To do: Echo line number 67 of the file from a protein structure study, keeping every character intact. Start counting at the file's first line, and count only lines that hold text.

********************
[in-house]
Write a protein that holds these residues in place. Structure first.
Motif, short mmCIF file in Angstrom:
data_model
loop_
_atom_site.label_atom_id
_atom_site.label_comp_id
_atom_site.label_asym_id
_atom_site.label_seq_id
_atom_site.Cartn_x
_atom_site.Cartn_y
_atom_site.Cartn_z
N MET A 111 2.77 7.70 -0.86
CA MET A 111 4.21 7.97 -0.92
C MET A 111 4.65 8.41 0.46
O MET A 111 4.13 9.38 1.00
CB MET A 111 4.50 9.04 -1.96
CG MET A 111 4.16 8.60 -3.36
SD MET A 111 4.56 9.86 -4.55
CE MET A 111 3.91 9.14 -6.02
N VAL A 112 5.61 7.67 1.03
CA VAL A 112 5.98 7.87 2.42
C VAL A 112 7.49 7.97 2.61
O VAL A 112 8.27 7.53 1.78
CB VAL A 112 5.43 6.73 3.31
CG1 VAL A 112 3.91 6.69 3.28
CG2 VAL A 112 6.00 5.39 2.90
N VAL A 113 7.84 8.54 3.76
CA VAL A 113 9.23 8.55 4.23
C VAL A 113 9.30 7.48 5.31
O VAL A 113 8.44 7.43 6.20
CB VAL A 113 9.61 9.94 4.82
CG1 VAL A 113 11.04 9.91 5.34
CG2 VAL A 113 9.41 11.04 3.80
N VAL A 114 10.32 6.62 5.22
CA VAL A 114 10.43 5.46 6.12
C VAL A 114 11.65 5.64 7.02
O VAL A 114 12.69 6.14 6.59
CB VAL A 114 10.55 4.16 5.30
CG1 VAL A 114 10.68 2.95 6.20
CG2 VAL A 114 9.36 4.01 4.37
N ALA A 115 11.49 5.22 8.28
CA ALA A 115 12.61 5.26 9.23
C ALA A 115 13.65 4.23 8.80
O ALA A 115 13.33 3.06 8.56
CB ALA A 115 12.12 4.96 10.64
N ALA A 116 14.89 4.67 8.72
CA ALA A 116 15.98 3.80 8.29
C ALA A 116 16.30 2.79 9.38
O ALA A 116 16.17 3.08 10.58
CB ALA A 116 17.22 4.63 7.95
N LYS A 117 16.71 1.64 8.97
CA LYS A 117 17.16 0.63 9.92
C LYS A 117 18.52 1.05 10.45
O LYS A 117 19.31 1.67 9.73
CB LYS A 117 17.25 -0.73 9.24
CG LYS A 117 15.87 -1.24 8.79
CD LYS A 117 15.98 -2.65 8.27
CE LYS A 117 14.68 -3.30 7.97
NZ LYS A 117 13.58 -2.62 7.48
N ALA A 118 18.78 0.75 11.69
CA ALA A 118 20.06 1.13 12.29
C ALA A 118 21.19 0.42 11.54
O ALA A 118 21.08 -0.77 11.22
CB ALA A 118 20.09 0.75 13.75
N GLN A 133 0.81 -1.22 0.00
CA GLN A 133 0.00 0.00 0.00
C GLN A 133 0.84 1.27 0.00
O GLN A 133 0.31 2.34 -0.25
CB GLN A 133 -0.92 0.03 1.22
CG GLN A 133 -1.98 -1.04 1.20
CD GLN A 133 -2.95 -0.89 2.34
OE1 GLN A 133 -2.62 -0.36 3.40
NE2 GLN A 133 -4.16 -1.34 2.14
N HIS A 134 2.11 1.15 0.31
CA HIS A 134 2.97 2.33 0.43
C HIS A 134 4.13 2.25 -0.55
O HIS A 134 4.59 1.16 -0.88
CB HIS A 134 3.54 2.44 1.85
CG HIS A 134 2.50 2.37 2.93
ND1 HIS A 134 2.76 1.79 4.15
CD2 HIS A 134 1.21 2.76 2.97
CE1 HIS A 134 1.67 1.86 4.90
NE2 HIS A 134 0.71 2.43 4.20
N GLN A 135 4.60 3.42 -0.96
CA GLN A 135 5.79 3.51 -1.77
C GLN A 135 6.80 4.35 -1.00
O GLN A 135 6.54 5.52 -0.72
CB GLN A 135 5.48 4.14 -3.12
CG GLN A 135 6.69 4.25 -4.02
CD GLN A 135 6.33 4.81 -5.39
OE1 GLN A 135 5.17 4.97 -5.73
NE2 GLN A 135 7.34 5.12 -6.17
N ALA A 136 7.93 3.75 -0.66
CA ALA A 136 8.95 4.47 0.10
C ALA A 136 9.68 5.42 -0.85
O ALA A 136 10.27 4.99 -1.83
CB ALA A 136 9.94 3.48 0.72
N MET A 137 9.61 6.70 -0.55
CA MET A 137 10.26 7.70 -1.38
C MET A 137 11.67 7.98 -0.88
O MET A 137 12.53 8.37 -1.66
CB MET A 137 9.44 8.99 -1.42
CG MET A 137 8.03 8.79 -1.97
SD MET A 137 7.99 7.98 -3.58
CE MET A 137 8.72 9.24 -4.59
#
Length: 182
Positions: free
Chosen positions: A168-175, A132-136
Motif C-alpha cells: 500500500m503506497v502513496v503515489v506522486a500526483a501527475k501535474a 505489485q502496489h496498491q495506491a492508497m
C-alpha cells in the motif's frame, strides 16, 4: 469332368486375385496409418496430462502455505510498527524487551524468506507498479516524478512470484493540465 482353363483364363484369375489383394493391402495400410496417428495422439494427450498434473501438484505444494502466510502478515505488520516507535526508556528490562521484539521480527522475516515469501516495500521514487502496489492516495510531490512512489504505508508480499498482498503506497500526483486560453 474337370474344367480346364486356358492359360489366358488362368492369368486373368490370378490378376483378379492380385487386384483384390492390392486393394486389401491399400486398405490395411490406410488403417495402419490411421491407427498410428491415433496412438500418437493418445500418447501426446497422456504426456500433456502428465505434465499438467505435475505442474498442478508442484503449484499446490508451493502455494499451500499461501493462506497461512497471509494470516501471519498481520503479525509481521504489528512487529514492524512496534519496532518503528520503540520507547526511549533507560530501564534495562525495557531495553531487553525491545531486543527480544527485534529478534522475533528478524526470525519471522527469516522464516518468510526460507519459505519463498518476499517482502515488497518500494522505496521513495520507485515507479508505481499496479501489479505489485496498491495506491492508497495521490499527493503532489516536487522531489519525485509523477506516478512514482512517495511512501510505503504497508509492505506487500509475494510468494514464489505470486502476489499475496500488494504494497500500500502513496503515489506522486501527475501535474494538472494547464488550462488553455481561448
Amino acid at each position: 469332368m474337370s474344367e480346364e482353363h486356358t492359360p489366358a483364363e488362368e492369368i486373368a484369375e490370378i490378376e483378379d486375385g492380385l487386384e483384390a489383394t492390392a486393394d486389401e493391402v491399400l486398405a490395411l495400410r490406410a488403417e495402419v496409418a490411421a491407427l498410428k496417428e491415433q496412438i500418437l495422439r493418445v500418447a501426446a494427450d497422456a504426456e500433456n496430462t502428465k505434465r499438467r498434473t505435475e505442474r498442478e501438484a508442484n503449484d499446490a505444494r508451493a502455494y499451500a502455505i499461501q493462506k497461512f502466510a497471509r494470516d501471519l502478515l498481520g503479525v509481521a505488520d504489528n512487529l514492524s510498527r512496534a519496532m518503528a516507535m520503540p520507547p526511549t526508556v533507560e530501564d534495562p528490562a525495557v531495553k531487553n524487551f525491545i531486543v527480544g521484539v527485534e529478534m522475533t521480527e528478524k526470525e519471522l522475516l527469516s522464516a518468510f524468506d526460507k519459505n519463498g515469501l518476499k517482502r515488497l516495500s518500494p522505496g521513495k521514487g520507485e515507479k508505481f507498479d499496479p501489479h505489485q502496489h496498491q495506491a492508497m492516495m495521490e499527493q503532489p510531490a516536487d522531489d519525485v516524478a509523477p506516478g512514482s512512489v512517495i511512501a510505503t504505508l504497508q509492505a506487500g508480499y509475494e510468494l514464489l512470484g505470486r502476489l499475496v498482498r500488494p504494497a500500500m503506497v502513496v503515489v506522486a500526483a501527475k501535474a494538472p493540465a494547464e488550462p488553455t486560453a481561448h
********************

CA GLN A 133 0.00 0.00 0.00